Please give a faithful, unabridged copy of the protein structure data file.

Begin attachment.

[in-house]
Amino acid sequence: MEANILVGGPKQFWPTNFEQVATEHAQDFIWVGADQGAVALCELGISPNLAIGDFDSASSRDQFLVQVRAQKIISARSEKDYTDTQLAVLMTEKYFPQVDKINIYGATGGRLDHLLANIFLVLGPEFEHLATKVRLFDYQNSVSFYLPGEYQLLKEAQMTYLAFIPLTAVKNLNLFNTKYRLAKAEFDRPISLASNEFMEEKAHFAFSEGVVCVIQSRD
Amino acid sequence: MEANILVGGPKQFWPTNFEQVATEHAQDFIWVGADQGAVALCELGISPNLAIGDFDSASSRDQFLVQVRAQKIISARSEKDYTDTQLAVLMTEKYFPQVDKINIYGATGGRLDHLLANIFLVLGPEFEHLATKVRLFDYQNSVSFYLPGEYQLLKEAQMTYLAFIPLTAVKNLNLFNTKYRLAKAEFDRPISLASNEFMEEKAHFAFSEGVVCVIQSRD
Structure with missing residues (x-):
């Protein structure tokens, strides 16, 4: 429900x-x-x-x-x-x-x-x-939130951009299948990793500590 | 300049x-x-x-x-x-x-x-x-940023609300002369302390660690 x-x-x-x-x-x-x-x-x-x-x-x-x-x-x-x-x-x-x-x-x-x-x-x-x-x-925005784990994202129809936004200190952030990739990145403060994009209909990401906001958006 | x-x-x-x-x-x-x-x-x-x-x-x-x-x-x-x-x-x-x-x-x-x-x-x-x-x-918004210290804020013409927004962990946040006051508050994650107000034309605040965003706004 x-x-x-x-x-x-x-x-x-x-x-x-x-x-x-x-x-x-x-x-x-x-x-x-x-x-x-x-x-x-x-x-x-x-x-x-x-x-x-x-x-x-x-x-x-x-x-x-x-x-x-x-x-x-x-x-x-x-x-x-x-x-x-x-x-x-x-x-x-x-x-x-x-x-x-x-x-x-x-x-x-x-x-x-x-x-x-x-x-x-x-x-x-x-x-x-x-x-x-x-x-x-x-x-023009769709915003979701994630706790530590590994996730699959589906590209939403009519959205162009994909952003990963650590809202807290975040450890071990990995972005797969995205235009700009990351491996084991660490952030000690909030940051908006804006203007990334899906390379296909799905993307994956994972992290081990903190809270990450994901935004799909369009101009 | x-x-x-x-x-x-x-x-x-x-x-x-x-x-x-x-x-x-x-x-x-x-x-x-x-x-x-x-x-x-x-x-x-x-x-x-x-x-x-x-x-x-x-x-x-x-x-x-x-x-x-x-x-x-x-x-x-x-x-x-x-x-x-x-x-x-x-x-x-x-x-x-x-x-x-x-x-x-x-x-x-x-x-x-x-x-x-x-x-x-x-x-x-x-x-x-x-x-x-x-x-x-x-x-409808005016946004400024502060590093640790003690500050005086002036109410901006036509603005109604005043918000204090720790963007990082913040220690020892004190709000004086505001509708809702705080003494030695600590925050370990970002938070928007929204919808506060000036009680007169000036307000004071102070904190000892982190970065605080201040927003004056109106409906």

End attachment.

[in-house]
Amino acid sequence: MEANILVGGPKQFWPTNFEQVATEHAQDFIWVGADQGAVALCELGISPNLAIGDFDSASSRDQFLVQVRAQKIISARSEKDYTDTQLAVLMTEKYFPQVDKINIYGATGGRLDHLLANIFLVLGPEFEHLATKVRLFDYQNSVSFYLPGEYQLLKEAQMTYLAFIPLTAVKNLNLFNTKYRLAKAEFDRPISLASNEFMEEKAHFAFSEGVVCVIQSRD
Amino acid sequence: MEANILVGGPKQFWPTNFEQVATEHAQDFIWVGADQGAVALCELGISPNLAIGDFDSASSRDQFLVQVRAQKIISARSEKDYTDTQLAVLMTEKYFPQVDKINIYGATGGRLDHLLANIFLVLGPEFEHLATKVRLFDYQNSVSFYLPGEYQLLKEAQMTYLAFIPLTAVKNLNLFNTKYRLAKAEFDRPISLASNEFMEEKAHFAFSEGVVCVIQSRD
Structure with missing residues (x-):
């Protein structure tokens, strides 16, 4: 429900x-x-x-x-x-x-x-x-939130951009299948990793500590 | 300049x-x-x-x-x-x-x-x-940023609300002369302390660690 x-x-x-x-x-x-x-x-x-x-x-x-x-x-x-x-x-x-x-x-x-x-x-x-x-x-925005784990994202129809936004200190952030990739990145403060994009209909990401906001958006 | x-x-x-x-x-x-x-x-x-x-x-x-x-x-x-x-x-x-x-x-x-x-x-x-x-x-918004210290804020013409927004962990946040006051508050994650107000034309605040965003706004 x-x-x-x-x-x-x-x-x-x-x-x-x-x-x-x-x-x-x-x-x-x-x-x-x-x-x-x-x-x-x-x-x-x-x-x-x-x-x-x-x-x-x-x-x-x-x-x-x-x-x-x-x-x-x-x-x-x-x-x-x-x-x-x-x-x-x-x-x-x-x-x-x-x-x-x-x-x-x-x-x-x-x-x-x-x-x-x-x-x-x-x-x-x-x-x-x-x-x-x-x-x-x-x-023009769709915003979701994630706790530590590994996730699959589906590209939403009519959205162009994909952003990963650590809202807290975040450890071990990995972005797969995205235009700009990351491996084991660490952030000690909030940051908006804006203007990334899906390379296909799905993307994956994972992290081990903190809270990450994901935004799909369009101009 | x-x-x-x-x-x-x-x-x-x-x-x-x-x-x-x-x-x-x-x-x-x-x-x-x-x-x-x-x-x-x-x-x-x-x-x-x-x-x-x-x-x-x-x-x-x-x-x-x-x-x-x-x-x-x-x-x-x-x-x-x-x-x-x-x-x-x-x-x-x-x-x-x-x-x-x-x-x-x-x-x-x-x-x-x-x-x-x-x-x-x-x-x-x-x-x-x-x-x-x-x-x-x-x-409808005016946004400024502060590093640790003690500050005086002036109410901006036509603005109604005043918000204090720790963007990082913040220690020892004190709000004086505001509708809702705080003494030695600590925050370990970002938070928007929204919808506060000036009680007169000036307000004071102070904190000892982190970065605080201040927003004056109106409906």